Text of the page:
The Proclamation of 1763, issued by the British crown at the end of the French and Indian War, set territorial limits on where European colonists could settle in America. Designed to appease Native Americans, who had occupied the land for millennia, it created a boundary—known as the "proclamation line"—beyond which Europeans could not encroach onto Indigenous lands. According to the Proclamation, British colonists could settle anywhere between the Atlantic coast and the Appalachian Mountains, while any land west of that belonged to Indian nations. In the centuries since the proclamation, it has become one of the cornerstones of Native American law in the United States and Canada.
What Did the Proclamation of 1763 Do?
After the conclusion of the French and Indian War in America, the British Empire began to tighten control over its rather autonomous colonies. In response to Pontiac’s Rebellion, a revolt of Native Americans led by Pontiac, an Ottawa chief, King George III declared all lands west of the Appalachian Divide off-limits to colonial settlers.
This royal proclamation, issued on October 7, 1763, closed down colonial expansion westward beyond Appalachia. It was the first measure to affect all thirteen colonies. The edict forbade private citizens and colonial governments alike from buying land or making any agreements with natives; the empire would conduct all official relations. Furthermore, only licensed traders would be allowed to travel west or deal with Indians. Theoretically protecting colonists from Indian rampages, the measure was also intended to shield Native Americans from increasingly frequent attacks by white settlers. The proclamation also established three new mainland colonies: Quebec, West Florida and East Florida, while extending Georgia’s southern border and granting land to soldiers who had fought in the Seven Year's War.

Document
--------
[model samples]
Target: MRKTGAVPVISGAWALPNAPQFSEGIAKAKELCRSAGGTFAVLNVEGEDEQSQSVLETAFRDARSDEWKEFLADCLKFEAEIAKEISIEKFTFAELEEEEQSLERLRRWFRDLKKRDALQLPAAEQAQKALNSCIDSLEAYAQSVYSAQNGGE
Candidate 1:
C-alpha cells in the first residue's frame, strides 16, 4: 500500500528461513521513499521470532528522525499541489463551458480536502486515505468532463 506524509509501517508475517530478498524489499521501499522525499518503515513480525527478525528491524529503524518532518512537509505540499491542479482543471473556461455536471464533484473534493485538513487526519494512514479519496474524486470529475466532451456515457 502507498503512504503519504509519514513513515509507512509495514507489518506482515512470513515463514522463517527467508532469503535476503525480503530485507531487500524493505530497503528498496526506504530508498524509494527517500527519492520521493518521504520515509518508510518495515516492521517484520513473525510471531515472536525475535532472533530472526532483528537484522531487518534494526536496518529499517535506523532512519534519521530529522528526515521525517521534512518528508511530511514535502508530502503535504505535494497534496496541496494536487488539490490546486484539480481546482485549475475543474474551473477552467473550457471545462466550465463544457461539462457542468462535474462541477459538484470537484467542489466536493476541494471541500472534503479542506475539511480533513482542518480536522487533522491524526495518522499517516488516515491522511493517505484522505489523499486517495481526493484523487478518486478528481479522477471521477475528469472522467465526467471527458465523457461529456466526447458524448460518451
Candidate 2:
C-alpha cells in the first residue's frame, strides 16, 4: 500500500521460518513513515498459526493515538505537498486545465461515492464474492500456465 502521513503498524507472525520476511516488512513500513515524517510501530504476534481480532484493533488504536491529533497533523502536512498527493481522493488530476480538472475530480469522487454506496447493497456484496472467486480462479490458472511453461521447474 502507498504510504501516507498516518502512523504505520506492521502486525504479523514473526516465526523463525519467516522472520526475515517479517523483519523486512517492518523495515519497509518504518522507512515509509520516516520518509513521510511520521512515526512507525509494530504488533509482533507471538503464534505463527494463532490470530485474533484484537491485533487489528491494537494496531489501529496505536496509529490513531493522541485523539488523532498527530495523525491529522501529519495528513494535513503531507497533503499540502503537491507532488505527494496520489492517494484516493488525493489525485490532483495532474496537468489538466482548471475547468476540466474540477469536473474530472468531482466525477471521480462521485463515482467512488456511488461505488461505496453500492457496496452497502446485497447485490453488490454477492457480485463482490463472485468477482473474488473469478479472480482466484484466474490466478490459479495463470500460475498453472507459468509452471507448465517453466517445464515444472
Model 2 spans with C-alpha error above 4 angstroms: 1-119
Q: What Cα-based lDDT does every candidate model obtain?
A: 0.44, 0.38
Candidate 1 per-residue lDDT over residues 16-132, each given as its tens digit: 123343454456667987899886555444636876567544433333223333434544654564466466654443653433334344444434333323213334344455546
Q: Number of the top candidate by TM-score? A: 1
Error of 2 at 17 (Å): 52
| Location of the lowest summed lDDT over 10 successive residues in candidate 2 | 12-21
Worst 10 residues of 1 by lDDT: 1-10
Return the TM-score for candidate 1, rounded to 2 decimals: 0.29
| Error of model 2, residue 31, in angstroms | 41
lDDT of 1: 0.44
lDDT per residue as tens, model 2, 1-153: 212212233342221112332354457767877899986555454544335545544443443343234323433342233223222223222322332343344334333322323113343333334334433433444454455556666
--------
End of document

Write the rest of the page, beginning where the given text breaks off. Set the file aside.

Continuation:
How Did Colonists React to the Proclamation of 1763?
Although the proclamation was introduced as a temporary measure, its economic benefits for Britain prompted ministers to keep it until the eve of the Revolutionary War. A desire for good farmland caused many colonists to defy the proclamation; others merely resented the royal restrictions on trade and migration. Ultimately, the Proclamation of 1763 failed to stem the tide of westward expansion.